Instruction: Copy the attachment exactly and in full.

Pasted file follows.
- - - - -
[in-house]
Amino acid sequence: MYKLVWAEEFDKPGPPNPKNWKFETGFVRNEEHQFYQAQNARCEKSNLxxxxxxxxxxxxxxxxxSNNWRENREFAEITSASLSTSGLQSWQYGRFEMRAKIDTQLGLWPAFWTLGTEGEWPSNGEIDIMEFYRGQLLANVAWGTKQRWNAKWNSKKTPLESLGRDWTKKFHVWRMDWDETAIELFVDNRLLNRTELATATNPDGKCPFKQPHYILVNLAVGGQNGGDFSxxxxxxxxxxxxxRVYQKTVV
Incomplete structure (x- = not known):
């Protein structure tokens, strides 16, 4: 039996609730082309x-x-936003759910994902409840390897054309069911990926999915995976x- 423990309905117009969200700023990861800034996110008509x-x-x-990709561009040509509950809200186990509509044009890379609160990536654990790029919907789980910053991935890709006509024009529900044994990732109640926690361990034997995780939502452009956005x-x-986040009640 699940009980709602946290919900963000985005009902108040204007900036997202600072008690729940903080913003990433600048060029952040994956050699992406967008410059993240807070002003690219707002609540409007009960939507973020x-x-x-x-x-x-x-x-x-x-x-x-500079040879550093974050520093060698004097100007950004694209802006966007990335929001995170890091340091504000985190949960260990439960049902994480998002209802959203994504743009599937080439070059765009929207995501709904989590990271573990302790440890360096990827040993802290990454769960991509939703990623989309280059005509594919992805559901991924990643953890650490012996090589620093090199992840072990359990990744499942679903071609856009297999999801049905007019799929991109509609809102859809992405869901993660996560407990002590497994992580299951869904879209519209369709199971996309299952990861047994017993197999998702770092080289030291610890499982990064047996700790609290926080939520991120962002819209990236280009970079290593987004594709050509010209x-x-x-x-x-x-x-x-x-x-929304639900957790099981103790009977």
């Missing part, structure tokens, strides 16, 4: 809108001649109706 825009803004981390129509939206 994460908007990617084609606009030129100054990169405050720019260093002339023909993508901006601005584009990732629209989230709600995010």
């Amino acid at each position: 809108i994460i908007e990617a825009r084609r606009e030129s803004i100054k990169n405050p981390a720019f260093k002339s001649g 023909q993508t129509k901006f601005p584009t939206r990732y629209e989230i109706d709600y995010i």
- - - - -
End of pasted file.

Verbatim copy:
[in-house]
Amino acid sequence: MYKLVWAEEFDKPGPPNPKNWKFETGFVRNEEHQFYQAQNARCEKSNLxxxxxxxxxxxxxxxxxSNNWRENREFAEITSASLSTSGLQSWQYGRFEMRAKIDTQLGLWPAFWTLGTEGEWPSNGEIDIMEFYRGQLLANVAWGTKQRWNAKWNSKKTPLESLGRDWTKKFHVWRMDWDETAIELFVDNRLLNRTELATATNPDGKCPFKQPHYILVNLAVGGQNGGDFSxxxxxxxxxxxxxRVYQKTVV
Incomplete structure (x- = not known):
């Protein structure tokens, strides 16, 4: 039996609730082309x-x-936003759910994902409840390897054309069911990926999915995976x- 423990309905117009969200700023990861800034996110008509x-x-x-990709561009040509509950809200186990509509044009890379609160990536654990790029919907789980910053991935890709006509024009529900044994990732109640926690361990034997995780939502452009956005x-x-986040009640 699940009980709602946290919900963000985005009902108040204007900036997202600072008690729940903080913003990433600048060029952040994956050699992406967008410059993240807070002003690219707002609540409007009960939507973020x-x-x-x-x-x-x-x-x-x-x-x-500079040879550093974050520093060698004097100007950004694209802006966007990335929001995170890091340091504000985190949960260990439960049902994480998002209802959203994504743009599937080439070059765009929207995501709904989590990271573990302790440890360096990827040993802290990454769960991509939703990623989309280059005509594919992805559901991924990643953890650490012996090589620093090199992840072990359990990744499942679903071609856009297999999801049905007019799929991109509609809102859809992405869901993660996560407990002590497994992580299951869904879209519209369709199971996309299952990861047994017993197999998702770092080289030291610890499982990064047996700790609290926080939520991120962002819209990236280009970079290593987004594709050509010209x-x-x-x-x-x-x-x-x-x-929304639900957790099981103790009977």
């Missing part, structure tokens, strides 16, 4: 809108001649109706 825009803004981390129509939206 994460908007990617084609606009030129100054990169405050720019260093002339023909993508901006601005584009990732629209989230709600995010």
């Amino acid at each position: 809108i994460i908007e990617a825009r084609r606009e030129s803004i100054k990169n405050p981390a720019f260093k002339s001649g 023909q993508t129509k901006f601005p584009t939206r990732y629209e989230i109706d709600y995010i």